Reinforcement Strategies

Topics: Reinforcement, Reward system, Employment Pages: 5 (1750 words) Published: December 13, 2010
It's true that people don't come with instruction manuals, but don't fret. Human behavior, albeit unpredictable, is a process like any other part of an operation and can be managed as such. Gaining an understanding of this process will help produce a stress-free and profitable working atmosphere. If an employee is engaging in behavior to achieve something (positive reinforcement), he or she will constantly try to improve in order to attain more of it. But if an employee is trying to avoid a penalty, he or she will only work hard enough to avoid the consequence, essentially producing only the bare minimum.

Positive Reinforcement
If you want to improve your performance at something, or if you want to create new good habits, one very successful technique is the use of positive reinforcement. Positive reinforcement is effective and largely used for two separate reasons. Firstly, it is one of the most powerful techniques available for the direction or motivation of the actions of other people. The second reason which is more philosophical is the versatility of the concept of reinforcement as an explanation of behavior. In other words, the question is why do people behave the way they do? The answer will be that it is because they (people) are reinforced for it. Many companies employ the use of positive reinforcements to increase productivity, decrease absenteeism and workplace accidents. When positive reinforcements are used, the desired outcome is that the behavior is reinforced. Subjects understand that the behavior is desirable and will tend to repeat it for the rewards. Validating employees by telling them how much you appreciate what they do goes a long way in the employee satisfaction and motivation department. How do you think it makes them feel if you can't even bother to take the time to give them a verbal pat on the back? Not too important, I assure you. I work as a Customer Service Associate, and I deal with retirees from GM and Chrysler Auto companies. Most of these people are in their 70's-90's age group and they are very confused about what is happening with their medical coverage and the whole transitions from their auto company managing their benefits to my company. What makes me get up everyday and go to work is to know that I am able to assist these customers with the confusion they may be having about all the information and mailing materials they received. At my job we have what we call a "kudos" email; it is when a customer speaks to a manager about what a great job an associate has done with assisting them. Just getting recognized for doing your job well is motivating enough to make me get up and go to work. So get positive - and get specific. Tell them what specific things they are doing that you like. Be specific!! Not only does this make your employee feel important and appreciated, but it helps them to perform better by having a frame of reference for the kinds of workplace performance and behavior that you value as a manager.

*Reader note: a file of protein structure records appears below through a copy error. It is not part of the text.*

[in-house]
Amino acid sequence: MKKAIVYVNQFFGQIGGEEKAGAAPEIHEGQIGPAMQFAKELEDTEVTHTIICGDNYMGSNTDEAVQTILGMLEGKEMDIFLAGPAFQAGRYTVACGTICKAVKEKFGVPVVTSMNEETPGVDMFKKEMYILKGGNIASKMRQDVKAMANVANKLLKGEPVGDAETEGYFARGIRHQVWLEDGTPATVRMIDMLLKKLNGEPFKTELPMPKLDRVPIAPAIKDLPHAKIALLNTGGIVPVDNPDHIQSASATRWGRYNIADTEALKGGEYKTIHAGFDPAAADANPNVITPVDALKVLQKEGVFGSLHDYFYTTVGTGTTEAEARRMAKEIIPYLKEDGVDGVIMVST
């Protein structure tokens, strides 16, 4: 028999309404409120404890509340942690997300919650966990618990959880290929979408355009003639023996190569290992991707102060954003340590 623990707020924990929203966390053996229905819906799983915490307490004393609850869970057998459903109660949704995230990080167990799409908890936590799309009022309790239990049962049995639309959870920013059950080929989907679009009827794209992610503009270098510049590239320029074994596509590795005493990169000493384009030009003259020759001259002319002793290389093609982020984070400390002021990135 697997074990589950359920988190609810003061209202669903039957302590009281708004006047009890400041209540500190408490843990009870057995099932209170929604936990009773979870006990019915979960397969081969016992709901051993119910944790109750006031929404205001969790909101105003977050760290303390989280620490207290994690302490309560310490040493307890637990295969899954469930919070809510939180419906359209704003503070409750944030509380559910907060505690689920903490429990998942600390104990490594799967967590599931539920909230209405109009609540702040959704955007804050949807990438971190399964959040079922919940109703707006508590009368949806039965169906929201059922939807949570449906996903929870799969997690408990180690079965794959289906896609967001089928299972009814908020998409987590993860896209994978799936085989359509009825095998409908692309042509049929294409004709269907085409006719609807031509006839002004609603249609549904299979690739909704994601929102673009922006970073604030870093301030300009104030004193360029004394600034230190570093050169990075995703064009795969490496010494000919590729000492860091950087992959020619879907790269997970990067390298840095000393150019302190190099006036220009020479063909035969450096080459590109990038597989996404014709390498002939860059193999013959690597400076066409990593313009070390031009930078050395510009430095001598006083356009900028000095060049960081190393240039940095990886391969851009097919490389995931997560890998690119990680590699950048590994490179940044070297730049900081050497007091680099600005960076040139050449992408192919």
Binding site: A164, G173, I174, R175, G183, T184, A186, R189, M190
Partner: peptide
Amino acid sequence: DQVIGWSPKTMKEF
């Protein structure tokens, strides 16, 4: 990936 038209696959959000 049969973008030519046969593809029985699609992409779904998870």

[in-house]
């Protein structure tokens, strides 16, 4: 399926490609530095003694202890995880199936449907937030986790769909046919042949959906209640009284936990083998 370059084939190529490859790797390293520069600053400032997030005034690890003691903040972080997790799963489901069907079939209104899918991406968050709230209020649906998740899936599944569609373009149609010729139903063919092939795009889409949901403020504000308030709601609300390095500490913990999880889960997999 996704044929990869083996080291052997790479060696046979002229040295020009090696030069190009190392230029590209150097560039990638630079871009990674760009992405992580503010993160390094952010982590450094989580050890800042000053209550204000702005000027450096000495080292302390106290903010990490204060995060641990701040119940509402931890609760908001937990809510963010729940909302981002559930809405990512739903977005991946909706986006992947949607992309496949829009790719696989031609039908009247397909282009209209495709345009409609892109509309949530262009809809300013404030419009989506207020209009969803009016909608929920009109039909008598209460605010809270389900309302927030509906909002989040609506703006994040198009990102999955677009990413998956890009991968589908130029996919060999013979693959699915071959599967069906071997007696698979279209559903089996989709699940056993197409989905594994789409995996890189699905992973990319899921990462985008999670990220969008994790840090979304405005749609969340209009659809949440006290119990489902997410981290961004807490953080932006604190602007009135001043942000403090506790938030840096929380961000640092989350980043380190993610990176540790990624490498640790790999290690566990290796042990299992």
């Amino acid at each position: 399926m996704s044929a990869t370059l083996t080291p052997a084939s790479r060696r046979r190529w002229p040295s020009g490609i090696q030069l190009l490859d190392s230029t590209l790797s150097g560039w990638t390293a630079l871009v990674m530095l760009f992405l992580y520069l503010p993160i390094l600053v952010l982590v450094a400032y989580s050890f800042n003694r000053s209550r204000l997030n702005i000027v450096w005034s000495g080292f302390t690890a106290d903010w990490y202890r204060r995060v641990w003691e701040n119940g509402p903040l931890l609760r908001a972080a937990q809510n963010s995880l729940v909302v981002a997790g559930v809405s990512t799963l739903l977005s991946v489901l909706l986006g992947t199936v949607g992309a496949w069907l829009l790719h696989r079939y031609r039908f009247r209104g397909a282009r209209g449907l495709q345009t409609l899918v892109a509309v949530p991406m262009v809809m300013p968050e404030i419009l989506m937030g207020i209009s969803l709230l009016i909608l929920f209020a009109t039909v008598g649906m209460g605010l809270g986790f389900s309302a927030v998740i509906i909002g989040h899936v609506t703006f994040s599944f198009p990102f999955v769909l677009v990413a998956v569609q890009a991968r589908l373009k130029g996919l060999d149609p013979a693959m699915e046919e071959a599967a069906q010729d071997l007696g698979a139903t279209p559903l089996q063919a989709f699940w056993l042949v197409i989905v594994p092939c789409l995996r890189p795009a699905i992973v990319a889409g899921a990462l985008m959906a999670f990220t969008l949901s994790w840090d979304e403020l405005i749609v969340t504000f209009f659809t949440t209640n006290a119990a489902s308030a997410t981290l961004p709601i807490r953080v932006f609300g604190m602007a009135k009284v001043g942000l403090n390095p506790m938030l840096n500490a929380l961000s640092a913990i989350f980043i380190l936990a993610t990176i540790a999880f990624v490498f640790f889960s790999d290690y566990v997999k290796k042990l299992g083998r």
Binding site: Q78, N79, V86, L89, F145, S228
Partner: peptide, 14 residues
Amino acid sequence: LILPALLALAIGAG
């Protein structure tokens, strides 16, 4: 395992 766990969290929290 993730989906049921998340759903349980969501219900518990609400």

Negative Reinforcement Strategy
Being a part of team that involves over twenty people is tough but not impossible. Generally speaking the judicial part of the criminal justice system has many areas that must mesh well together in order to function on a daily basis. Each part of that system must know the purpose of the court and what it needs to succeed. A manager or supervisor should be able to use various types of reinforcement strategies to deal with employee situations or issues. One type is the negative reinforcement strategy which is used to encourage desirable behavior through the withdrawal of negative consequences for previously undesirable behavior. An example of this through personal observation is during my tenure as court clerk in the local county courthouse, personal phone calls were tolerated but only for a certain amount of time. It was told to staff that personal calls should be 5 minutes or less. Anytime longer than that on the...
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